A unique culture collection of more than 600 algal and cyanobacterial strains isolated from various planktonic and benthic sites, mainly reservoirs and fishponds, is available and open for everyone who is interested in cooperation. Similarly, a world-wide unique collection of bacteria of the genus Limnohabitans, facilitating to conduct several sound international projects, is also curated and widely exploited for research at the Institute of Hydrobiology.
The Institute of Hydrobiology is capable of providing expertise for all types of lentic waters, such as ponds, lakes and reservoirs, on:
- composition of biota and structure of aquatic ecosystems - from phytoplankton and macrophytes via bacteria, zooplankton, and zoobenthos to fish communities
- evaluation of ecological status and potential of water bodies
- assessment of water quality and sediment composition in water bodies and investigation of sources of pollution and/or origin of problems like eutrophication, acidification and toxicity
- designing sustainable ecological management of water bodies by in-lake or catchment measures
- Fish stock assessment
The staff provides academic leadership in aquatic and environment sciences at the University of South Bohemia and are engaged in advisory services on water quality and aquatic ecosystem functioning for water policy and water management. Many scientists of the Institute take part in undergraduate, graduate and doctoral teaching programmes and/or research cooperations with the Faculty of Science of the University of South Bohemia in České Budějovice and the Faculties of Science of the Charles University in Prague and Masaryk University in Brno.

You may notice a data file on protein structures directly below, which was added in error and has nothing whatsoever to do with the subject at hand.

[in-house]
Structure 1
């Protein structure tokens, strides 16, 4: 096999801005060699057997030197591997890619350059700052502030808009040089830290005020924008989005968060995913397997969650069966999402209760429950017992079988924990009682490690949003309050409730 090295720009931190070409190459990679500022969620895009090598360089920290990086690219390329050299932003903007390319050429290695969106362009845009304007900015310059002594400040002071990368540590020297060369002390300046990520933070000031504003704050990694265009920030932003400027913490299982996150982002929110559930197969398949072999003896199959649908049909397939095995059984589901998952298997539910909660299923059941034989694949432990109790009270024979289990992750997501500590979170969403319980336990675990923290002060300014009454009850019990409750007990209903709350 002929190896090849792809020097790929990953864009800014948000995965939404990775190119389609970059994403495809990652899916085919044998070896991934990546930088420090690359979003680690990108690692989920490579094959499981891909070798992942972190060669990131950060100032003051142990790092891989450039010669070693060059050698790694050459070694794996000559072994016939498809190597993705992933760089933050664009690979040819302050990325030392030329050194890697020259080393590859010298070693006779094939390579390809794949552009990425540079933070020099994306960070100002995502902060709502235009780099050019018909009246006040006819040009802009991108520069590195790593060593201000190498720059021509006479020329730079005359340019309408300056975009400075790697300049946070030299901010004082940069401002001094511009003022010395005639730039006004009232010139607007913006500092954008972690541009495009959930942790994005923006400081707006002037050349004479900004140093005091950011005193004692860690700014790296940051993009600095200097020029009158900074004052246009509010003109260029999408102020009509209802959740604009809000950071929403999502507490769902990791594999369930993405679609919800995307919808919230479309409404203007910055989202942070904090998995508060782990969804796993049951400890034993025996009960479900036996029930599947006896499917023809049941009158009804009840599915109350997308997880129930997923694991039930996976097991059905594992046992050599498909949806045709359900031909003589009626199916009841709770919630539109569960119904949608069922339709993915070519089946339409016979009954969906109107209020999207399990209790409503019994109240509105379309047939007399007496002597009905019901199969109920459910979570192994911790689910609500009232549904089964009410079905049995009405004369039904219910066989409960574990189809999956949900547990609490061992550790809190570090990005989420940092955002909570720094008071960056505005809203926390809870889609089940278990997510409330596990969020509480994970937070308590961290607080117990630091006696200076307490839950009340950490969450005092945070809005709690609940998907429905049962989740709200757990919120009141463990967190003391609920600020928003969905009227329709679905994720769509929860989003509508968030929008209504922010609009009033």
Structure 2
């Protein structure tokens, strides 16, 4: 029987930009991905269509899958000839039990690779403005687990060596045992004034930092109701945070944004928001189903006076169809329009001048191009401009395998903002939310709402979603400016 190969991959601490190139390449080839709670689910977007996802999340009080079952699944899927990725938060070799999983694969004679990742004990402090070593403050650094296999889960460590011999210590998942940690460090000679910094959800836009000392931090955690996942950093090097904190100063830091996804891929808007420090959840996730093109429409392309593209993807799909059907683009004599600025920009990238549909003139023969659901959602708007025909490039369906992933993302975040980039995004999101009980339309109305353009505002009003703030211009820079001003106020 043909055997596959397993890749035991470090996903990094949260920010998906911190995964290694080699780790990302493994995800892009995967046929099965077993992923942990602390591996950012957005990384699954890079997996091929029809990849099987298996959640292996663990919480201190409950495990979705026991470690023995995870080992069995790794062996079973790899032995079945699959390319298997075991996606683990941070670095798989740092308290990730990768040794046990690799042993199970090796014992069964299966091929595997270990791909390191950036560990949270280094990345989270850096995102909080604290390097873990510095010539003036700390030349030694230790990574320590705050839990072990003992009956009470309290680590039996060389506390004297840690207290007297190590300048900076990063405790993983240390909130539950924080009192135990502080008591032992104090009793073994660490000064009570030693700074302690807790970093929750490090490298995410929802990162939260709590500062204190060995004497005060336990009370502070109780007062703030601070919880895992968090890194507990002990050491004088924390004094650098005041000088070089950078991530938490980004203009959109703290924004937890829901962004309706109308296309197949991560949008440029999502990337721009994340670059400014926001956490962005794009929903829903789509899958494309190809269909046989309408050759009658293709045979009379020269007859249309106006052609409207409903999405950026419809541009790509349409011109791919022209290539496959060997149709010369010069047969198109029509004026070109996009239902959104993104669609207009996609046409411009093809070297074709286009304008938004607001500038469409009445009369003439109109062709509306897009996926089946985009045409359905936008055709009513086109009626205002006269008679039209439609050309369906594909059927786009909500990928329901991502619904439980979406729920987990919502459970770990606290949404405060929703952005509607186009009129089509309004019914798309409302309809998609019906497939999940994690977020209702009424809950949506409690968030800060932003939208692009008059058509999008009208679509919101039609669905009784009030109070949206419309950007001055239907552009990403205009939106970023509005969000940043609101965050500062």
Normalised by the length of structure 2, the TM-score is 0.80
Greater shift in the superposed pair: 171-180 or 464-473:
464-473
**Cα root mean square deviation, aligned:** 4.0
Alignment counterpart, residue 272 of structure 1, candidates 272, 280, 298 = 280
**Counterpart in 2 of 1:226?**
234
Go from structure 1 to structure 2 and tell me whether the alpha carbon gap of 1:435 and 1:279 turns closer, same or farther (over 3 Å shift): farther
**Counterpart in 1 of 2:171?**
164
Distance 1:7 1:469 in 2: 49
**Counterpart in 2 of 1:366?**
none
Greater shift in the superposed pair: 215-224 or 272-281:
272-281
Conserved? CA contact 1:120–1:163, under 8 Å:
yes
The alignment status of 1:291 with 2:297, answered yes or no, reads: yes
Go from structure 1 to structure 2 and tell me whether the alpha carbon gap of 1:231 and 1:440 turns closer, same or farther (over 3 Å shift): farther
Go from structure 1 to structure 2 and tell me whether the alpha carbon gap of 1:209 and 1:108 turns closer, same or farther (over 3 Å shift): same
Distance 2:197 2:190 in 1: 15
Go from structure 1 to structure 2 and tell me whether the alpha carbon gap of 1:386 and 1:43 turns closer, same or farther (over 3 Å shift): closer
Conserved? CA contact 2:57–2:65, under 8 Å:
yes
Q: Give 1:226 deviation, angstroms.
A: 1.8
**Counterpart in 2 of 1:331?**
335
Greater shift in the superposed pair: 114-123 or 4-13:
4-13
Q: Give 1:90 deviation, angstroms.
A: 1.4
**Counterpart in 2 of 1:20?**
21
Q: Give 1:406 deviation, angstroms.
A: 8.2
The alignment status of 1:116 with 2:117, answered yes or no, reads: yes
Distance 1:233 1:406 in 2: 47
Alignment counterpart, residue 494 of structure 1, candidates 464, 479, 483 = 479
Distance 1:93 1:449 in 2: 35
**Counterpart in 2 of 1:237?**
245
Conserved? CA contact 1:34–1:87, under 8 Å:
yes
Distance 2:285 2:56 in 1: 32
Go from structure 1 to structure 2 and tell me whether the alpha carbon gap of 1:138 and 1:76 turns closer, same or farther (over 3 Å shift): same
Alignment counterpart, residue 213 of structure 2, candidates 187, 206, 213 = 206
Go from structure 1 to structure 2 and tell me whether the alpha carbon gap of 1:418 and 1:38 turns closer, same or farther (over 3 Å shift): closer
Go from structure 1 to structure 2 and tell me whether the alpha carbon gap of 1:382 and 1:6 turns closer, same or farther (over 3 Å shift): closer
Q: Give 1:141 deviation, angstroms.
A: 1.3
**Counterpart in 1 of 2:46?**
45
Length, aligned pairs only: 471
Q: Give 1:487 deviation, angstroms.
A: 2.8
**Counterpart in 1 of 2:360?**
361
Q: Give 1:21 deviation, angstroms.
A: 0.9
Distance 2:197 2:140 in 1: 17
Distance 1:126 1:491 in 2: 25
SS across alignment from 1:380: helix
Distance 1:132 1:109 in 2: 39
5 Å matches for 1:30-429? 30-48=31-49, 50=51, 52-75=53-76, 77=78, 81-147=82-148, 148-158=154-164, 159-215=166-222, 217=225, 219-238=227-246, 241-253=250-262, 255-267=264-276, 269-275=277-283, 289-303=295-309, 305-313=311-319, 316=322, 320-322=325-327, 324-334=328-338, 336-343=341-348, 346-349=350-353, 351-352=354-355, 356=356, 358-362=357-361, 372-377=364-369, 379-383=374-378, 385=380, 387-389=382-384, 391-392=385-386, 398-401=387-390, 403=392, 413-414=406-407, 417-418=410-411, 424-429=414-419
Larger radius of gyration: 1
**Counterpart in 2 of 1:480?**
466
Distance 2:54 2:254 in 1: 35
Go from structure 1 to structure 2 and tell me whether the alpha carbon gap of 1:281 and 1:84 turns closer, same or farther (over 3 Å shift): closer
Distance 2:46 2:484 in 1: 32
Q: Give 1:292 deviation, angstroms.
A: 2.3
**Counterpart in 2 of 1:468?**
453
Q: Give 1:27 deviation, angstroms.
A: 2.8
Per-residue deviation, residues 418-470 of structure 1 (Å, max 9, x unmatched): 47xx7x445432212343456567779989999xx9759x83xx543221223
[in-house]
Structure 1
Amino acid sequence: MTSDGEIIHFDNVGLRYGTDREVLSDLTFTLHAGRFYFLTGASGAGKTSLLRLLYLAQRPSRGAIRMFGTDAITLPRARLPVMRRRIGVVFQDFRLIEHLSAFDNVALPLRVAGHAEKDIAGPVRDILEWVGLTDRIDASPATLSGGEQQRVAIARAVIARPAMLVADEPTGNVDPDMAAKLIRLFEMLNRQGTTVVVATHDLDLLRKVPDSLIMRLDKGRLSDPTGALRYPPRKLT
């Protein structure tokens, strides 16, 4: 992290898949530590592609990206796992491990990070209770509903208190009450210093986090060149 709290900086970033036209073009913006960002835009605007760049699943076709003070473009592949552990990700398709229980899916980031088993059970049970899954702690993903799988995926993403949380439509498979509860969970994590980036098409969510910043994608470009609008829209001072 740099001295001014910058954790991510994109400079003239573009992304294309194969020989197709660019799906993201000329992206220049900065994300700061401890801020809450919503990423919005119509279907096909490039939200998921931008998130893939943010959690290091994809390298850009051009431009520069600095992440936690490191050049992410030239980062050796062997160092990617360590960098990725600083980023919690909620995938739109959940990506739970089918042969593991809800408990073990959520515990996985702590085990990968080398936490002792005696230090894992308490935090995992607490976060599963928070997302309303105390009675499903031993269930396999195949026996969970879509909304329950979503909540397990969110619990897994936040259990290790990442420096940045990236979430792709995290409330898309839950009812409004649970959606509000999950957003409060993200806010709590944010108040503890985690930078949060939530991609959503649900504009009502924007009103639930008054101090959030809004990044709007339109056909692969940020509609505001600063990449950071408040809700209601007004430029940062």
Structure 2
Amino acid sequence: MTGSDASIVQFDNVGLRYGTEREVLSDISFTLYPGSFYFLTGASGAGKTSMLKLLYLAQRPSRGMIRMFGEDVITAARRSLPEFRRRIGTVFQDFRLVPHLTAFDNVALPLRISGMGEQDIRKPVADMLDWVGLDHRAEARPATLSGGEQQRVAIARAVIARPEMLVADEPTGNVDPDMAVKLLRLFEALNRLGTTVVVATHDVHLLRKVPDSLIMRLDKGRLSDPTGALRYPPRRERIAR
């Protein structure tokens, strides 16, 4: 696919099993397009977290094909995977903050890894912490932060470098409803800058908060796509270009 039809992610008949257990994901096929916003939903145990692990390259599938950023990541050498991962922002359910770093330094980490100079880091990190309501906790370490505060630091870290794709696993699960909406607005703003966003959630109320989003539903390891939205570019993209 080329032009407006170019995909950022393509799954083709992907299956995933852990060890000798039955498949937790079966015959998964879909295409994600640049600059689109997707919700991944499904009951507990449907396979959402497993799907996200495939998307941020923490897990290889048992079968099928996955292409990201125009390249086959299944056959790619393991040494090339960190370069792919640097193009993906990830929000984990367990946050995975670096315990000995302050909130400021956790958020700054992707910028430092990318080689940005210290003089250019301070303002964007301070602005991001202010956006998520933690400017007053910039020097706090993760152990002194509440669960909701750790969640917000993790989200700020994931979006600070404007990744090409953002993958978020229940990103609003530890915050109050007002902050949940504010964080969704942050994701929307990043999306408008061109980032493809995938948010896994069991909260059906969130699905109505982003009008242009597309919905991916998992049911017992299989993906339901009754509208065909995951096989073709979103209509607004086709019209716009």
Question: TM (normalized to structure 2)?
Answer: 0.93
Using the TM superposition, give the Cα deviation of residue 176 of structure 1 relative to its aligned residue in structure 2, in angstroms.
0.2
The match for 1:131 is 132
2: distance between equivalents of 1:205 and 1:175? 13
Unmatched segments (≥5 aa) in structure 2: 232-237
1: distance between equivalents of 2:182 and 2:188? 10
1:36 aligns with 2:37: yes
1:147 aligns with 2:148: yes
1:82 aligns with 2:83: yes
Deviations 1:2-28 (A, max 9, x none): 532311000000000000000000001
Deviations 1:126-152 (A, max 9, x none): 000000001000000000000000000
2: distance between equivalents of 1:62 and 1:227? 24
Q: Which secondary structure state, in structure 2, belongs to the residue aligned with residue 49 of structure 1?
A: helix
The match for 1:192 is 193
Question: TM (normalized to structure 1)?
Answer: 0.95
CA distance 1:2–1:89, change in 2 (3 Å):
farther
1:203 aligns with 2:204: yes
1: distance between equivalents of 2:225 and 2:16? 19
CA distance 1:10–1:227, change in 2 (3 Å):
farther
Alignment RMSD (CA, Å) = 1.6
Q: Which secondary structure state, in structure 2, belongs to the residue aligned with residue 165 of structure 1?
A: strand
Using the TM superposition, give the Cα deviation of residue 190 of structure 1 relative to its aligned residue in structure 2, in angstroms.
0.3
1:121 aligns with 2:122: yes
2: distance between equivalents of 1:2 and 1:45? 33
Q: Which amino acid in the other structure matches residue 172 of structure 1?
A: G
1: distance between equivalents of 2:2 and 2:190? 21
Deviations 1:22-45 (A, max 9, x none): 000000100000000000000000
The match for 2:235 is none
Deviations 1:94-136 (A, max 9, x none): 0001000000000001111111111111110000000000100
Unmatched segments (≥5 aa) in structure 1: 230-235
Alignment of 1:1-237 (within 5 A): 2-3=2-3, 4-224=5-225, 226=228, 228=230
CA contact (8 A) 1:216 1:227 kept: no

The Institute of Hydrobiology also offers opportunities for doctoral and postdoctoral studies in hydrobiology and aquatic ecology.
An integral part of the Institute’s activities is the organisation of scientific events such as international conferences and workshops. Scientists at the Institute provide expert opinions to national and international agencies, professional societies and grant agencies. The institute provides a number of consultancies for the water industry and governmental bodies. Researchers at the Institute also serve as members of editorial and advisory boards of international journals, in addition to being referees of peer-reviewed journals. Last but not least, the results of our research serve for raising public awareness through public presentations, photographic exhibitions and open discussions with stakeholders.
Prof. Ing. Jiří Kopáček, Ph.D.
Doc. RNDr. Petr Znachor, Ph.D.
Doc. Mgr. Michal Koblížek, Ph.D.
Doc. RNDr. Martin Rulík, Ph.D.